On the 116 bus, which crosses northern Manhattan from east to west and vice versa, it is common to find the aisle crowded with shopping carts and bags from private label supermarkets. In the Bronx, where the Bx18 line connects unserved neighborhoods with big-box stores like Walmart and Best Buy, Minnie, a single mother of three teenage children, has enthusiastically signed up for the almost circular bus route: “At almost $3 a fare, this free line is a considerable saving. I used to come here weekly to shop, but now I can use the money I save on transportation to buy better food.”

La línea 116 de Manhattan es una de las cinco que ofrecerán trayectos gratis durante seis meses gracias al programa piloto.
Two women with shopping carts aboard a bus on the 116 line in Manhattan.M.A. S. V.

Parking meter price hikes

Traffic congestion in New York is at the root of numerous feasibility projects, each one progressively more difficult to implement. The price of parking meters in the city will soon be raised by 20%, while tolls are being considered for major access roads to the boroughs such as the Brooklyn Expressway. The city is also studying the widening of two major expressways or freeways — asphalt scars that cut through entire neighborhoods — at a cost of $1 billion, a project that the TransitCenter group, which proposes alternative mobility models, believes should also involve “improving people’s lives and helping to reduce emissions,” says a spokesman. “We believe there are other ways to spend money and achieve both objectives.” Changes to the transportation model in a city of 8.5 million people is by no means an easy task.

Politicians and activists support free public transportation because they believe it benefits the city’s neediest residents — those most dependent on the system. But MTA officials argue that a totally free transit model is unfeasible if current revenues are not compensated by other sources, such as higher fares on other lines. In fact, the new pilot program initially intended to cover 10 routes, but its $15 million budget was not sufficient to cover expenses. A complementary part of the same plan, with a budget of $35 million, is the expansion of frequency on five subway lines linking the cardinal points of the city.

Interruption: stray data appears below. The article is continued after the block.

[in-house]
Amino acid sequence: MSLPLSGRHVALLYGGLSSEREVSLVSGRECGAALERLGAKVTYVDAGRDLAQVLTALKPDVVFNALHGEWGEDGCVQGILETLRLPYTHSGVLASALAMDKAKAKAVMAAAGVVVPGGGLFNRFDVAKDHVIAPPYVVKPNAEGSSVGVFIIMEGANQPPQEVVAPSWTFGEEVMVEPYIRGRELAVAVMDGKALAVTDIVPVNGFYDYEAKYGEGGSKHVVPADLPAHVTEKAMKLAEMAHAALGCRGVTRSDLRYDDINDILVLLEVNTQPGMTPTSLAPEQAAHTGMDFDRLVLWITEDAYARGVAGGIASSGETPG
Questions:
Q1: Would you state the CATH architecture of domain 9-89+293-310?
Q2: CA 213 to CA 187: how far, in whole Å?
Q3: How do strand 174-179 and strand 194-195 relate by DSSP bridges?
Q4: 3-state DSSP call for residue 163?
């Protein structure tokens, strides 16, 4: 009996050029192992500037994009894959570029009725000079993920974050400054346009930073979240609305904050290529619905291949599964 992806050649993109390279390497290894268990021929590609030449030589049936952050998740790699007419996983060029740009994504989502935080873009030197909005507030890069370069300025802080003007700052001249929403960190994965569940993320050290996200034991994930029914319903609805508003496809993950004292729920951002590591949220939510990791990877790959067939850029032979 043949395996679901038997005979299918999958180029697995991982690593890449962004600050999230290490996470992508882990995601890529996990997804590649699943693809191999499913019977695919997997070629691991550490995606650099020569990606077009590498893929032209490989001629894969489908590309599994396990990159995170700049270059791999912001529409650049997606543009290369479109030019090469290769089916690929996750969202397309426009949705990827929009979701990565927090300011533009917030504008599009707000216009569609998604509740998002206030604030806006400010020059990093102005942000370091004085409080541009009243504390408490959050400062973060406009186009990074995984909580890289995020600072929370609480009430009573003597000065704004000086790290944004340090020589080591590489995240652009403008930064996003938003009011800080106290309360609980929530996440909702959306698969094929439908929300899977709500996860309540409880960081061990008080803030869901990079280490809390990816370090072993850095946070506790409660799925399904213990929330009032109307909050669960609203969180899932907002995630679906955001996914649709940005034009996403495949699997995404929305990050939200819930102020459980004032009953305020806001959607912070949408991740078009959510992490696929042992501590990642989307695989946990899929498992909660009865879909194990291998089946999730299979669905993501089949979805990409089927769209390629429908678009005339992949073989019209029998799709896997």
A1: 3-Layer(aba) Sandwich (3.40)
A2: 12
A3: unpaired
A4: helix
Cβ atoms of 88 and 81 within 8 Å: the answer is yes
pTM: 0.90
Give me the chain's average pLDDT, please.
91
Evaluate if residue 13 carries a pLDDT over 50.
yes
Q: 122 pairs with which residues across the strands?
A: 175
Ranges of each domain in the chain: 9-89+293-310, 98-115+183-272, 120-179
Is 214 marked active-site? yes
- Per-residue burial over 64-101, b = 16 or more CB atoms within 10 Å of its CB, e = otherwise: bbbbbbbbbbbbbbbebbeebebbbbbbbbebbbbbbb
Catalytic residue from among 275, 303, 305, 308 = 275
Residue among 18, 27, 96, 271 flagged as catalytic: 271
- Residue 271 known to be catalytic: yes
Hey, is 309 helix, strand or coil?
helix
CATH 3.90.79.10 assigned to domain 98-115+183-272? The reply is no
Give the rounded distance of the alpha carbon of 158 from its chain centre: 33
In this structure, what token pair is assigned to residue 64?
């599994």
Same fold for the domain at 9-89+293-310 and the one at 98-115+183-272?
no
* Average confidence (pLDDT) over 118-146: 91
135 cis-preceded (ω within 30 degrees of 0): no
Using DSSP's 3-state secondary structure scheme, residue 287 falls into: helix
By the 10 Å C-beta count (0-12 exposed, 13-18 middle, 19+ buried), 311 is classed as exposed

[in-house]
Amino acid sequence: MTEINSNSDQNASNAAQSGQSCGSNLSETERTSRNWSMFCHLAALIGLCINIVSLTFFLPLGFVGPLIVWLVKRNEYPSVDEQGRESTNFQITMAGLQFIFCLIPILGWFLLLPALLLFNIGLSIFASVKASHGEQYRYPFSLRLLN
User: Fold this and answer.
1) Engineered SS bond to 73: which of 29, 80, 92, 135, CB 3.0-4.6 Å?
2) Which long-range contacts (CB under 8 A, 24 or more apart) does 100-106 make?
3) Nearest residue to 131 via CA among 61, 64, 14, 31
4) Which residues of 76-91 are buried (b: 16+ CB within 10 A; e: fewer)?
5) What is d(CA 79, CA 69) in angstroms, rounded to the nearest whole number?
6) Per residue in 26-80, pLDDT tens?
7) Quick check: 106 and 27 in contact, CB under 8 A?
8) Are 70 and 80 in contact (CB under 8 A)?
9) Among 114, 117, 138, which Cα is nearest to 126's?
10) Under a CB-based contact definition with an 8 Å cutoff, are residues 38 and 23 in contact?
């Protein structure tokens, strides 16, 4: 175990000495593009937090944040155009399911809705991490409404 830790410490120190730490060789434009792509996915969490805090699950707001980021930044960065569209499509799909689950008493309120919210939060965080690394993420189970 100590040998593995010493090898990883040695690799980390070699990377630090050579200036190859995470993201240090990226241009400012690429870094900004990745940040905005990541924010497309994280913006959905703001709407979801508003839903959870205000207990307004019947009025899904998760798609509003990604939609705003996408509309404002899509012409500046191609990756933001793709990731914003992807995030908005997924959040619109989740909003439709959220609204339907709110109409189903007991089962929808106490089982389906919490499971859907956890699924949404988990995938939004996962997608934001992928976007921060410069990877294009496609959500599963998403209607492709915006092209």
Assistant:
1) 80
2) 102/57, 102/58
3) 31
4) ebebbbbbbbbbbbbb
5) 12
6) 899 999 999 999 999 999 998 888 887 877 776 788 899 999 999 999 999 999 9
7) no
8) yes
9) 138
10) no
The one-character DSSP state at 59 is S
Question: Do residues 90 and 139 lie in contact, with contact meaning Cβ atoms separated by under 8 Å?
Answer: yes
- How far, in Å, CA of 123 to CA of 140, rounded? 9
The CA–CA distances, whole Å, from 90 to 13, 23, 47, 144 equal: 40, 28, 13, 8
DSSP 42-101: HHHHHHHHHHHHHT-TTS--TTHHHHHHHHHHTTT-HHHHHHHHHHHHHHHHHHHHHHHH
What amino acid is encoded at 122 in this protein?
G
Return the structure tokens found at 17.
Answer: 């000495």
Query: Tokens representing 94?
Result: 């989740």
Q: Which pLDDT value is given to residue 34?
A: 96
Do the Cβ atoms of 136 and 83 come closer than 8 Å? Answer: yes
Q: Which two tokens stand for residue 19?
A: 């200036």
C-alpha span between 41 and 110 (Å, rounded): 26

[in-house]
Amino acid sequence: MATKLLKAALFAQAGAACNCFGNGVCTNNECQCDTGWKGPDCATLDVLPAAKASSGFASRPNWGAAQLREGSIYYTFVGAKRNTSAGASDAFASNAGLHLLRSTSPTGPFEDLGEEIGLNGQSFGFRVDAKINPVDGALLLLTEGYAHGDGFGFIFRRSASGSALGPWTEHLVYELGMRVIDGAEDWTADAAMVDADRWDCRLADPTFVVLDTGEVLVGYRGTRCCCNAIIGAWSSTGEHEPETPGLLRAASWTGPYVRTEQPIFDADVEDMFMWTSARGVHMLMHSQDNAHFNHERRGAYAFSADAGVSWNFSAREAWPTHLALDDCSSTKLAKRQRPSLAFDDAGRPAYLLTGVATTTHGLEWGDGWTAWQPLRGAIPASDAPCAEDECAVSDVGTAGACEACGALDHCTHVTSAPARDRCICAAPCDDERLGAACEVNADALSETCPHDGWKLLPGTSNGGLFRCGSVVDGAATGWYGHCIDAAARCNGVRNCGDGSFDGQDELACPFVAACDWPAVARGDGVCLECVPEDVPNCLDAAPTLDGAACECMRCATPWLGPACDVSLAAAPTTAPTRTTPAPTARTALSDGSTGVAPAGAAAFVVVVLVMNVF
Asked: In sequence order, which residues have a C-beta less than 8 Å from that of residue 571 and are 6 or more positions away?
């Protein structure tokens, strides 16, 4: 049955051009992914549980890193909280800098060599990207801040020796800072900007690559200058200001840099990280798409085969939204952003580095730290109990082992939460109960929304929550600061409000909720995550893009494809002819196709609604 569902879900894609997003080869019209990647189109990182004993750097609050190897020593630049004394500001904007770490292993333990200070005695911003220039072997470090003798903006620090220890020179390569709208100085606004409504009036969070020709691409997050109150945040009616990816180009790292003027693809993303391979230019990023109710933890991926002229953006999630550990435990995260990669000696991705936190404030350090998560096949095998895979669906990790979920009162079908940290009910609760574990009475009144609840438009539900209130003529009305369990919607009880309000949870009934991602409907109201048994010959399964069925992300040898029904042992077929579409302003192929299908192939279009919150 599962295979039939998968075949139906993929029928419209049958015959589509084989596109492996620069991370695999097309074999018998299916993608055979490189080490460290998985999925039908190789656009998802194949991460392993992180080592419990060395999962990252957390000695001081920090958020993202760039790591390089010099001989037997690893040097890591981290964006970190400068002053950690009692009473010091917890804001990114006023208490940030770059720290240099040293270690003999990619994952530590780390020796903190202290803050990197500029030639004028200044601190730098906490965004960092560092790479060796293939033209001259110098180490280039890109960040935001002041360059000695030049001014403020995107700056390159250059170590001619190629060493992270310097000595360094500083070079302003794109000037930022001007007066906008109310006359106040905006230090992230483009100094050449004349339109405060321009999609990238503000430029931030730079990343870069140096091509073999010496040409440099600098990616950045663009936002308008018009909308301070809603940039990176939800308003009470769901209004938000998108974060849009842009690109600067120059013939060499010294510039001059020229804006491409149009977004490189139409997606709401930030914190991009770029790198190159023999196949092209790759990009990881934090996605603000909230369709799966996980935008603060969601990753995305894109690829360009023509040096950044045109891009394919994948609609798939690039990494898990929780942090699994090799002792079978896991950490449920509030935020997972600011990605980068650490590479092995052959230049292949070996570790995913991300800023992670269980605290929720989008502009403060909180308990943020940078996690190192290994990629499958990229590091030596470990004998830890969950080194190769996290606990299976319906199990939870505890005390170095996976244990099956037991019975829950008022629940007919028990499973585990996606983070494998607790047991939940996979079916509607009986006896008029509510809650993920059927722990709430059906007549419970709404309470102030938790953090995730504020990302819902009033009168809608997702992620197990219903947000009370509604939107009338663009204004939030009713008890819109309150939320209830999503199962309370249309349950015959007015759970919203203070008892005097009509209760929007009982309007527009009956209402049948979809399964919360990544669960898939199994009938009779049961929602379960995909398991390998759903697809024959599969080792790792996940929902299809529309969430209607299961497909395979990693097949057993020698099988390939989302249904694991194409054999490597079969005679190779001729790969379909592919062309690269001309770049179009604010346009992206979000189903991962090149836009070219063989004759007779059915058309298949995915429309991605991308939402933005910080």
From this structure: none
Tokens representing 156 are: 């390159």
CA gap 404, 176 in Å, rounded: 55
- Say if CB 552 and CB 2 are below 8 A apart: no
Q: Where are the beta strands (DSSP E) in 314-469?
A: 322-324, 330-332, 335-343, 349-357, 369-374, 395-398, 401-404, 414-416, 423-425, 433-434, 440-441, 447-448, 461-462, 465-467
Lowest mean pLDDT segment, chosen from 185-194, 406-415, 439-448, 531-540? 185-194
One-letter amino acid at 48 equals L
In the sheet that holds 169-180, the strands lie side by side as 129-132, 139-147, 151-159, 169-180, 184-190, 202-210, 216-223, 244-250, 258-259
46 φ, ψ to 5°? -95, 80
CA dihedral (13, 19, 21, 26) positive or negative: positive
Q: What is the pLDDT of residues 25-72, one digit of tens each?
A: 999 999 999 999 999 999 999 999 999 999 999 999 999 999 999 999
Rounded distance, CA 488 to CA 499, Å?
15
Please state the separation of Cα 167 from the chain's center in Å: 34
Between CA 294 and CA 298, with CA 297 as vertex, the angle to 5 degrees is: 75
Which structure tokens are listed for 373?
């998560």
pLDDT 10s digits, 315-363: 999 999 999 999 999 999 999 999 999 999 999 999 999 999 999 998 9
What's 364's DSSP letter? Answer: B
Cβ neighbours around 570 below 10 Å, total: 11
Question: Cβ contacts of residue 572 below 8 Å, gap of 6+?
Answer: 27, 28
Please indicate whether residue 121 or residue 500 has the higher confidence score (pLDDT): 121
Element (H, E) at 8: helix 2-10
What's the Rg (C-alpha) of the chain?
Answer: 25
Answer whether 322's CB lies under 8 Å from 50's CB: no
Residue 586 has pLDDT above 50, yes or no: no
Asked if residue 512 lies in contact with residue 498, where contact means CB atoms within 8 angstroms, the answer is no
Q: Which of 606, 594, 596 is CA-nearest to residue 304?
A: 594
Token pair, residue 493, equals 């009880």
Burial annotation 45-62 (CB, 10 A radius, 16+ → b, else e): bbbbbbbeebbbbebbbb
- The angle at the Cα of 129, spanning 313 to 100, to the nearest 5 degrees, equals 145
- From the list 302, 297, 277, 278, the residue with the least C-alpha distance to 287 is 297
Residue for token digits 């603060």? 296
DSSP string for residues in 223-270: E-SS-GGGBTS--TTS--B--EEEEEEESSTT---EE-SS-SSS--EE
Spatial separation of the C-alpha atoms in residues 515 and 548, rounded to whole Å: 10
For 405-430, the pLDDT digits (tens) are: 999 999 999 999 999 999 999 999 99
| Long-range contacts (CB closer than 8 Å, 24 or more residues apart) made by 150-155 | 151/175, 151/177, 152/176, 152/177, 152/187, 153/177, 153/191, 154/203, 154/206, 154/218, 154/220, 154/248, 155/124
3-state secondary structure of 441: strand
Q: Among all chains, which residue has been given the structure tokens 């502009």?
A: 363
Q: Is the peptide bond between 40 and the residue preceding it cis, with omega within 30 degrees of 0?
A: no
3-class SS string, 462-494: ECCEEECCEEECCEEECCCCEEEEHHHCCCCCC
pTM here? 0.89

The experience of Kansas City, which with 500,000 inhabitants became the largest city in the country to eliminate fares systemwide in 2020, presents factors that are not easy to extrapolate. Kansas was able to implement a zero-fare program because the city didn’t pull in a lot of revenue from fares, something that is not comparable to metropolises such as New York. “Half the revenue [in New York] comes from fares,” TransitCenter executive director David Bragdon explained recently. “To just tell the MTA to go find billions of dollars is not a realistic political proposition.”

As a result of the Covid-19 pandemic, in 2022 New York City had the largest income gap between classes in the last 20 years and the city’s structural inequality — also enshrined in its urban planning — has skyrocketed. Encouraging mobility options could rebalance the scales, experts say. But existing examples in the U.S., far from offering solutions, underscore the peculiarities of the Big Apple, for better and especially for worse.